Out-of-towners, local bands herald spring
As we try hard to believe that spring might actually come sometime soon, touring artists are sprouting up in growing numbers, and homegrown performers are gathering on our stages, too.
South African singer-songwriter Johnny Clegg may be our distance (and longevity?) champ. He helped pioneer world music starting in the late 1960s, leading the racially mixed bands Juluka and Savuka: a brave thing to do then, when such combos were illegal at home. Both became international sensations, aided by the popularity of Paul Simon’s “Graceland” album and tours, and Clegg led each band in memorably spirited local shows.
Clegg has performed under his own name for years now, and he headlines at the Troy Savings Bank Music Hall (30 Second St.) on Saturday with his current touring band; his son Jesse opens. Show time is 8 p.m. Admission is $28 and $20. 273-0038 www.troymusichall.org.
Closer to home
At the other end of the distance spectrum, blues singer-slide guitarist Rory Block plays at Caffe Lena (47 Phila St., Saratoga Springs) on Saturday at 8 p.m.
Since launching her series of tributes to the blues masters before her, the Chatham resident has raised the already high profile she earned through both interpreting blues classics and crafting new ones reflecting her own life and contemporary issues. So far, she’s released albums honoring Robert Johnson, Son House and Mississippi John Hurt — the first artist I ever saw at Caffe Lena.
Admission is $25, advance; $28 at the door; $14 children and students. 583-0022 www.caffelena.org.
All the way from Mallett, La. — and you KNOW the weather’s warming up when Creoles from bayou country start coming to town! — Terrance Simien and the Zydeco Experience play a benefit for the Alzheimer’s Association of Northern New York at 8 p.m. on Saturday at NaNola (2639 Route 9, Malta).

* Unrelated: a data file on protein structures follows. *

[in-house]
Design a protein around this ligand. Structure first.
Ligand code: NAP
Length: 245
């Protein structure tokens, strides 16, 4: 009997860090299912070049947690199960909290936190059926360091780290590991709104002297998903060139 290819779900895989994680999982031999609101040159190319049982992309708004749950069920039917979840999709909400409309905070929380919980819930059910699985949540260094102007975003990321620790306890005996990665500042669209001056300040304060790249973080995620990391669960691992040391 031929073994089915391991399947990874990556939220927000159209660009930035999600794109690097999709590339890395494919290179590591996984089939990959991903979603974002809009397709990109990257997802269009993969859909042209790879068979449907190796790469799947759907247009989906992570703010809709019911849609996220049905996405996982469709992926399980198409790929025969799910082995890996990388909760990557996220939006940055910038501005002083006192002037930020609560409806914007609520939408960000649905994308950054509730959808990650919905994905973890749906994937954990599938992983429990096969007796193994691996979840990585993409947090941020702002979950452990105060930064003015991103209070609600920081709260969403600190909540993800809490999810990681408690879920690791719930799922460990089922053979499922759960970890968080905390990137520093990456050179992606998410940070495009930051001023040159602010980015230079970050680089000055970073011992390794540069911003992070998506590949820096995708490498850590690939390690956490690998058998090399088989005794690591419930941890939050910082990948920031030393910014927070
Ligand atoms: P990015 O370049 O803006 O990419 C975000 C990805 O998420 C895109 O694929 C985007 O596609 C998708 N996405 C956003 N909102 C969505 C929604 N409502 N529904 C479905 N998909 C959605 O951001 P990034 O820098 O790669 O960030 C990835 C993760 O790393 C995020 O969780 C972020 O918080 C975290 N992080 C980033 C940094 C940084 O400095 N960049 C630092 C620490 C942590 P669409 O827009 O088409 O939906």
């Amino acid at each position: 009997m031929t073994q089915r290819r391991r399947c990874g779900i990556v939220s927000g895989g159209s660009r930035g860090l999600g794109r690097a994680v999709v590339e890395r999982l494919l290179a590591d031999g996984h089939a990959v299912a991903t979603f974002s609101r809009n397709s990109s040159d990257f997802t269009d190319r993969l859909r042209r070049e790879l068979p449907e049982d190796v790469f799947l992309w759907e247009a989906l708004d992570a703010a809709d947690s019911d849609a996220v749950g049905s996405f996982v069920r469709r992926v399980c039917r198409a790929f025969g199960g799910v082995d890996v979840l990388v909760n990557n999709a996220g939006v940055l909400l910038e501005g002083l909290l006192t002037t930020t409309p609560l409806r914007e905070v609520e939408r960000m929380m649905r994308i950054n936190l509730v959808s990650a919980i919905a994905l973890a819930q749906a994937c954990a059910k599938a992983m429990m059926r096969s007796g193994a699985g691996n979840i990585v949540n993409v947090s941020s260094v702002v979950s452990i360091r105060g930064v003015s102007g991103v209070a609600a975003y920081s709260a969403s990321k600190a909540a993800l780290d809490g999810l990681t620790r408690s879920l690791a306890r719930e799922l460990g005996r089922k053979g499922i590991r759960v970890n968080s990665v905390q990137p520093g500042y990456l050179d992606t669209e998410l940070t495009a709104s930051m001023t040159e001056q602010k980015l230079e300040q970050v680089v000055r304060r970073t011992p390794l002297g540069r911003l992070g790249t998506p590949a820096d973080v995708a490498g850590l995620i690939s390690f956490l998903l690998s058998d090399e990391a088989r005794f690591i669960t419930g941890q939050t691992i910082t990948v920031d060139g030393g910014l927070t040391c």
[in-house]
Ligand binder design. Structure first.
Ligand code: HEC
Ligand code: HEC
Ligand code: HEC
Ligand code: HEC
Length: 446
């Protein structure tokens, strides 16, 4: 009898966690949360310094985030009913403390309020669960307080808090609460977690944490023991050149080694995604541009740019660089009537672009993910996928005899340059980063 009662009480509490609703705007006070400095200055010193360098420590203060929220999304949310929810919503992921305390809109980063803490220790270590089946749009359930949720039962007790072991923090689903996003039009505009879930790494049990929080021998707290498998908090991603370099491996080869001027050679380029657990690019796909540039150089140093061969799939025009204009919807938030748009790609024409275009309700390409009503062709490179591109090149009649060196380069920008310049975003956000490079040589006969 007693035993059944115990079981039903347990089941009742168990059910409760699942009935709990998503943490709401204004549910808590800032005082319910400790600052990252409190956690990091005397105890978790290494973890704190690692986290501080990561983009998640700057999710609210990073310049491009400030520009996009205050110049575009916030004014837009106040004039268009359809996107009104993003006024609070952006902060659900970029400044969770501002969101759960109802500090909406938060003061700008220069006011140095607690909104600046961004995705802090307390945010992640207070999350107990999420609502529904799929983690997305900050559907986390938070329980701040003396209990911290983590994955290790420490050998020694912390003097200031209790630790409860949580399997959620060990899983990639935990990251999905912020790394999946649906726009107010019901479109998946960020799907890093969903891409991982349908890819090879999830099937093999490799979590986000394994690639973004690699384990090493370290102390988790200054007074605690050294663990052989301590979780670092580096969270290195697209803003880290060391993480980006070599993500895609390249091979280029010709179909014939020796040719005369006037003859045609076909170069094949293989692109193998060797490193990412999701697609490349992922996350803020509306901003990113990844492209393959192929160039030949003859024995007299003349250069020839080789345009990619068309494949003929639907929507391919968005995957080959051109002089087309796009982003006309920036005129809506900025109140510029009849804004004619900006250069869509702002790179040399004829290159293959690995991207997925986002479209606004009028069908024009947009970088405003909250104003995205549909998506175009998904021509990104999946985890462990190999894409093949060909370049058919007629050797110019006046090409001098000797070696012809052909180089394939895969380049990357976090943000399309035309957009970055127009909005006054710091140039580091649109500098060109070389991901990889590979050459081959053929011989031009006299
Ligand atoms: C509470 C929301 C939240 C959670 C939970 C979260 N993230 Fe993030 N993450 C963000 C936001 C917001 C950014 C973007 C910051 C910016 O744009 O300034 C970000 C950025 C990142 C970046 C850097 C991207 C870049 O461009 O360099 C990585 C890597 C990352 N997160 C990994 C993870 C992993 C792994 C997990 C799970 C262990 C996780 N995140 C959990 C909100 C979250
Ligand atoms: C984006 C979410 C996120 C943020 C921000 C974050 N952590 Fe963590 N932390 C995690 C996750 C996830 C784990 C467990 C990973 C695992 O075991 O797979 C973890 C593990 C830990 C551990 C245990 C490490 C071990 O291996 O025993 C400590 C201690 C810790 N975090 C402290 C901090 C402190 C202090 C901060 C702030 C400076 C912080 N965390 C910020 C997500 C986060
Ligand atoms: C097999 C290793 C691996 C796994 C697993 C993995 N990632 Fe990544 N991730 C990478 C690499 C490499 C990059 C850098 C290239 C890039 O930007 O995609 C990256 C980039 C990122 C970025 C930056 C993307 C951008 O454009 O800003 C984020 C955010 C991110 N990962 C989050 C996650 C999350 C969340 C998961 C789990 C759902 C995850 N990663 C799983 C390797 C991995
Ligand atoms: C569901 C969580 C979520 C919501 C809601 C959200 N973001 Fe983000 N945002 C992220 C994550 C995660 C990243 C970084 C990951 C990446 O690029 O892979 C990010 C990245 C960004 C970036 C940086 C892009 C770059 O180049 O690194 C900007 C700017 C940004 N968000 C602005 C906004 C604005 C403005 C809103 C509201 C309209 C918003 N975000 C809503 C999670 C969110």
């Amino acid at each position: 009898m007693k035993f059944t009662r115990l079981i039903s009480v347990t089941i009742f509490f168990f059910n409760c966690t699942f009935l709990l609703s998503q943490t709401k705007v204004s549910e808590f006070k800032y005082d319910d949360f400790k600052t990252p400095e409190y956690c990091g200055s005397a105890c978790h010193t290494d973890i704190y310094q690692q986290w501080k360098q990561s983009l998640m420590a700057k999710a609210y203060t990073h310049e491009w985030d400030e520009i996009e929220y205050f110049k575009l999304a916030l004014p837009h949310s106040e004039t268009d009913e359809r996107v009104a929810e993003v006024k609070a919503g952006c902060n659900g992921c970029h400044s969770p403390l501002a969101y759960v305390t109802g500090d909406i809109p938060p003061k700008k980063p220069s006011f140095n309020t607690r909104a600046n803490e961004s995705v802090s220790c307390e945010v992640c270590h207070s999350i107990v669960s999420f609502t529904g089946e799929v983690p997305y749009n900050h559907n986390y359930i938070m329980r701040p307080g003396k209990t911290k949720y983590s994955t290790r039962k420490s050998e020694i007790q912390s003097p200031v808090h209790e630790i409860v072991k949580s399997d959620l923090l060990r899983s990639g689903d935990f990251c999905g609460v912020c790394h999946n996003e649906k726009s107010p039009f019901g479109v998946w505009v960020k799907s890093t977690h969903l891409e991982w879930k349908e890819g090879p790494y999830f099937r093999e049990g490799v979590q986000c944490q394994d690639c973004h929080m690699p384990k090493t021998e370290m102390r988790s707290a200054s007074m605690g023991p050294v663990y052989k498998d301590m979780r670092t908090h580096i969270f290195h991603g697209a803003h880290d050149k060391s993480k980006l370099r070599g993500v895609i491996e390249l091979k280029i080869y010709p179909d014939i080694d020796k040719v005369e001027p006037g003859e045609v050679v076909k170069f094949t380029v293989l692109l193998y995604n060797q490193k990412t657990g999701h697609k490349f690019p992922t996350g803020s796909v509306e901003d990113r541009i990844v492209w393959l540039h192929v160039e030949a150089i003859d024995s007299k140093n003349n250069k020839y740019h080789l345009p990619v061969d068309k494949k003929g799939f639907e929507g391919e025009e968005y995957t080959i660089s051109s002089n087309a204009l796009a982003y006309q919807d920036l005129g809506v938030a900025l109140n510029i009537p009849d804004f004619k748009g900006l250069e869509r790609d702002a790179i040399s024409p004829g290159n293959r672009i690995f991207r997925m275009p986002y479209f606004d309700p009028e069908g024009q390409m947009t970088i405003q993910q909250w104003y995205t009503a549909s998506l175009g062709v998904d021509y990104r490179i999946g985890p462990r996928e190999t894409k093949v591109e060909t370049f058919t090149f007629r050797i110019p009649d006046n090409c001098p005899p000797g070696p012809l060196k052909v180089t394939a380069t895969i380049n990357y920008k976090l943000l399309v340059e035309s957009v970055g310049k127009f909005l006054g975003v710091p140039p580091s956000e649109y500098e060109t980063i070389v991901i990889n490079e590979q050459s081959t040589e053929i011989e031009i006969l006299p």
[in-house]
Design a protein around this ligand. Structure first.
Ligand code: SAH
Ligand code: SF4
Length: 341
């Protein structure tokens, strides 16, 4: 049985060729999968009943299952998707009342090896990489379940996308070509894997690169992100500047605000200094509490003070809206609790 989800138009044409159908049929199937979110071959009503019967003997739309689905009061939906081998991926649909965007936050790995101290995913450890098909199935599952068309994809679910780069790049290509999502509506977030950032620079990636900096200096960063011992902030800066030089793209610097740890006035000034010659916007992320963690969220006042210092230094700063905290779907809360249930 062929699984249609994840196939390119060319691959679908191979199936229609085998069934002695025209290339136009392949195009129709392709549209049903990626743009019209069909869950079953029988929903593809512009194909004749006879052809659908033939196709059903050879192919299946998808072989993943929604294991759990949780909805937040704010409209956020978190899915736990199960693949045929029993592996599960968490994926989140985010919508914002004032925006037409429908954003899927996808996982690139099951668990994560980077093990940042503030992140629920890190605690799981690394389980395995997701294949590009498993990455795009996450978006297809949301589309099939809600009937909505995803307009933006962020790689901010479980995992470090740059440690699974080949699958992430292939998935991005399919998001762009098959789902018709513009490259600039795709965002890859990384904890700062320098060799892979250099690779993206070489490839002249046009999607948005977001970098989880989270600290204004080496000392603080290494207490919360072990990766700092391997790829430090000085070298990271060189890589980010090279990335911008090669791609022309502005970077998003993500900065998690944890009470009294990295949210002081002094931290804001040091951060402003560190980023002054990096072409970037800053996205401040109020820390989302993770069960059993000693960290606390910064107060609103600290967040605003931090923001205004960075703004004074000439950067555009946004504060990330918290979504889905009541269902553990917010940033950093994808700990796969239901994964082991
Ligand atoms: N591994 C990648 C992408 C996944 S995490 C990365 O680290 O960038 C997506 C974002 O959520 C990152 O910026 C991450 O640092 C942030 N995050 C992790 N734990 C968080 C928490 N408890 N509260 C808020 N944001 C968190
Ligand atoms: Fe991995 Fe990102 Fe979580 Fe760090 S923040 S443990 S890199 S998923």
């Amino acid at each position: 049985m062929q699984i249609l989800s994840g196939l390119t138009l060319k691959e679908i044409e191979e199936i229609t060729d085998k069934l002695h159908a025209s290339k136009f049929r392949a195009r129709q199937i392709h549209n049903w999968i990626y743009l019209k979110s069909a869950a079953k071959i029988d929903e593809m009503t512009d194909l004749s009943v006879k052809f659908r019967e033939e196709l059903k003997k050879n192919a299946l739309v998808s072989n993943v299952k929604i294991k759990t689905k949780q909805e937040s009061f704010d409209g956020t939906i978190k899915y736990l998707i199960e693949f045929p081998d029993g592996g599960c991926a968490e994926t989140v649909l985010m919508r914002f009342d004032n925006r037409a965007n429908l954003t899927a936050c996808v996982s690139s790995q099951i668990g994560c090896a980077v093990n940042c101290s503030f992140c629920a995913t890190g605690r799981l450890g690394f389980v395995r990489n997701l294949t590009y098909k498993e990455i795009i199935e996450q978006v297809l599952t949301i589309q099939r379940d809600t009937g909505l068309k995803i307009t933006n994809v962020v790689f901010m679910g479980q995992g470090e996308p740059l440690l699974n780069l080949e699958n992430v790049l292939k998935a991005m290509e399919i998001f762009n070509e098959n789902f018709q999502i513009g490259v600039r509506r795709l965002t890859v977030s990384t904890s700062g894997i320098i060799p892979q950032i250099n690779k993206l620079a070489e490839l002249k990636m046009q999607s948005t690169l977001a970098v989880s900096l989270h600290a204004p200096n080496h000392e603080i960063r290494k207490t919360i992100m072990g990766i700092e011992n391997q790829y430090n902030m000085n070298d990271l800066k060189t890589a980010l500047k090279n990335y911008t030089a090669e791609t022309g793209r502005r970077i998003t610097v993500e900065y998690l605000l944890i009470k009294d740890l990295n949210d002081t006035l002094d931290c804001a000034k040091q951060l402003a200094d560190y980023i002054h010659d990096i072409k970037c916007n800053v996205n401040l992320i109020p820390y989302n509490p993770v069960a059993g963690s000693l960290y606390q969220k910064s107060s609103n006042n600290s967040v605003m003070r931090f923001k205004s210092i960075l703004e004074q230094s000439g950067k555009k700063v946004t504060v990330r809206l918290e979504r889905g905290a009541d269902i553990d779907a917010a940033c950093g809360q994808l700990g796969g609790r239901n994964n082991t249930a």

A double Grammy winner and a hyper-engaging entertainer, Simien is also the greatest zydeco singer ever. He’s played Jazz Fest in New Orleans 29 times, and on April 26, he closes the Fais-Do-Do stage for number 30. His bands always really rock, with that swaying bayou beat, fiery accordion and soulful vocals from Simien, who can toss Mardi Gras beads a surprising distance, with his bare feet.
Complimentary craft beer and food sampling starts at NaNola on Saturday at 6 p.m. Donation is $15. 587-1300 www.nanolamalta.com.
Big Bromberg band
Now based in Delaware but seen here often enough to make folks wonder if he’s returned to his Hudson Valley roots, guitar wizard and fun exponent of all American roots music David Bromberg leads a fairly big band at The Egg on Saturday.
Unlike some horn-powered bands Bromberg has led here, this is basically a string band: local bassist Butch Amyot, multi-instrumentalists Mark Cosgrove and Nate Grower, and drummer Josh Kanusky. Show time is 8 p.m. Admission is $38.50. 473-1845 www.theegg.org.
Also in the American roots realm, the Wiyos headline the 5th Roots Music Festival on Saturday at WAMC’s The Linda (339 Central Ave., Albany).
Hosted by the he’s-everywhere man Michael Eck, the festival features the Mt. Olive Baptist Church Male Chorus, Red Haired Strangers, the Hot Club of Saratoga and Rebel Darling.